Sunday, February 18News That Matters

Zuma clings to power in South Africa as party moves to oust him


The ANC’s executive committee met in Pretoria for 13 hours on Monday in an attempt to end a standoff with Zuma, who has steadfastly resisted pressure to resign and survived a rash of no-confidence votes in recent years.
The ANC is expected to announce the outcome of the meeting at the party’s Johannesburg headquarters at 2 p.m. on Tuesday (7 a.m. ET). One of the possible decisions could be to “recall” Zuma, which would pressure the 75-year-old President to resign before his term ends next year.
South Africa’s opposition parties are insisting a no-confidence vote against Zuma scheduled for February 22 be brought forward to this week and have threatened to file charges with a High Court if the Parliament speaker does not allow it. They are also pushing for the dissolution of Parliament and early elections.

Hundreds of corruption allegations

Known as the “Teflon President,” Zuma has survived repeated corruption allegations and scandals for years. In 2016, South Africa’s top court ruled that Zuma had acted unconstitutionally when he used $15 million in public funds to upgrade his private home, and ordered him to repay some of the money.
In 2016, South Africa’s Constitutional Court ordered him to repay millions of dollars in public funds spent on refurbishing his private homestead.
He also faces more than 783 allegations of corruption relating to a 1990s arms deal. Zuma denies all the graft allegations against him.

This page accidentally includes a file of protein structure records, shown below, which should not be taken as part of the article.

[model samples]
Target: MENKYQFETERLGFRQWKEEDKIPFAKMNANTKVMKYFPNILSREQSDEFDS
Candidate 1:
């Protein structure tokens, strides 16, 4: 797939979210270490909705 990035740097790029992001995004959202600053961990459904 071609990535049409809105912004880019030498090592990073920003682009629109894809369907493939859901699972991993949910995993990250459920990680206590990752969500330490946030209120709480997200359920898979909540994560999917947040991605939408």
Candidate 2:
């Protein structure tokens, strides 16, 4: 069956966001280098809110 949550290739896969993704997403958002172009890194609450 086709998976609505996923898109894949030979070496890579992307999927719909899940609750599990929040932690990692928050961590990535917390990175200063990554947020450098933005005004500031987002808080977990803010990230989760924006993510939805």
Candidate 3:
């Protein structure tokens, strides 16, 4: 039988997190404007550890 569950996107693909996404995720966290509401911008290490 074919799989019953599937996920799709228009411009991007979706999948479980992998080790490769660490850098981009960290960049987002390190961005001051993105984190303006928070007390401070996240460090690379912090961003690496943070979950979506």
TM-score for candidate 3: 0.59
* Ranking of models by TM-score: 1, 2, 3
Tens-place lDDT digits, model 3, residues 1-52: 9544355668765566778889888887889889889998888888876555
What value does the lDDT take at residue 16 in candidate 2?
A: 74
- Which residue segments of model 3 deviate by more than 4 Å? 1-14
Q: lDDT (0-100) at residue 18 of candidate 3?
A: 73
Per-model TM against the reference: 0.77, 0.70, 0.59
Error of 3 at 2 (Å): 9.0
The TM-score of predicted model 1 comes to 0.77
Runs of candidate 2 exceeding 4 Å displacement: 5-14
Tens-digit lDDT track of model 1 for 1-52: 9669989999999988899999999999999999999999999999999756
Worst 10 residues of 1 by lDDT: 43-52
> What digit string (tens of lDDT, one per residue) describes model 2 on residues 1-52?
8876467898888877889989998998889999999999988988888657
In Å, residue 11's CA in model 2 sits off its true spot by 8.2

ANC President Cyril Ramaphosa at a rally on Sunday in Cape Town.ANC President Cyril Ramaphosa at a rally on Sunday in Cape Town.
Zuma has, nonetheless, withstood the scandals and opposition parties’ repeated attempts to remove him. After refusing to resign when pressured by the ANC’s top six leaders, he bought time by negotiating directly with Cyril Ramaphosa, his presumed successor and leader of the ANC.
Ramaphosa took over the party’s leadership in December last year as pressure mounted on Zuma to step down.
During a speech in Cape Town on Sunday, Ramaphosa vowed the Monday meeting would “finalize” the matter.
“Comrades, the successful resolution of this matter has great significant consequences for the country and for the African National Congress,” he said.
Supporters of ANC leader Cyril Ramaphosa chant slogans outside the party headquarters in Johannesburg on February 5.Supporters of ANC leader Cyril Ramaphosa chant slogans outside the party headquarters in Johannesburg on February 5.

No amnesty for Zuma, opposition says

The official opposition leader of the Democratic Alliance, Mmusi Maimane, said Monday that his party rejected any kind of compromise deal that would allow Zuma to step aside peacefully and avoid prosecution.
“We reject any amnesty deal as an insult,” he said, calling for the immediate removal of Zuma and his “cronies.”
Maimane said that opposition parties agreed to mass rallies on February 22, the day of a scheduled parliamentary no-confidence vote over Zuma.
“South Africans must flood the streets,” he said.
Jacob Zuma, from left, with Nelson Mandela and former South African President Thabo Mbeki on August 02, 2008, in Pretoria.Jacob Zuma, from left, with Nelson Mandela and former South African President Thabo Mbeki on August 02, 2008, in Pretoria.
Zuma served as Deputy President to Thabo Mbeki for six years when he helped orchestrate a putsch against the President. At the end of 2007 he beat Mbeki to become the leader of the ANC and was elected South Africa’s President in 2009. He was re-elected in 2014.
While scandal will be at the heart of Zuma’s legacy, the President has had some political achievements. Before the global financial meltdown, Zuma presided over an ebullient economy and wildly successful soccer World Cup in 2010. He has been praised by many for reversing Mbeki’s AIDS denialism and leading a massive rollout of life-saving antiretroviral drugs.
This story has been updated to correct the year that the Constitutional Court ordered Zuma to repay public funds over house improvements, and the amount he was ordered to pay.

CNN’s Angela Dewan wrote from London.

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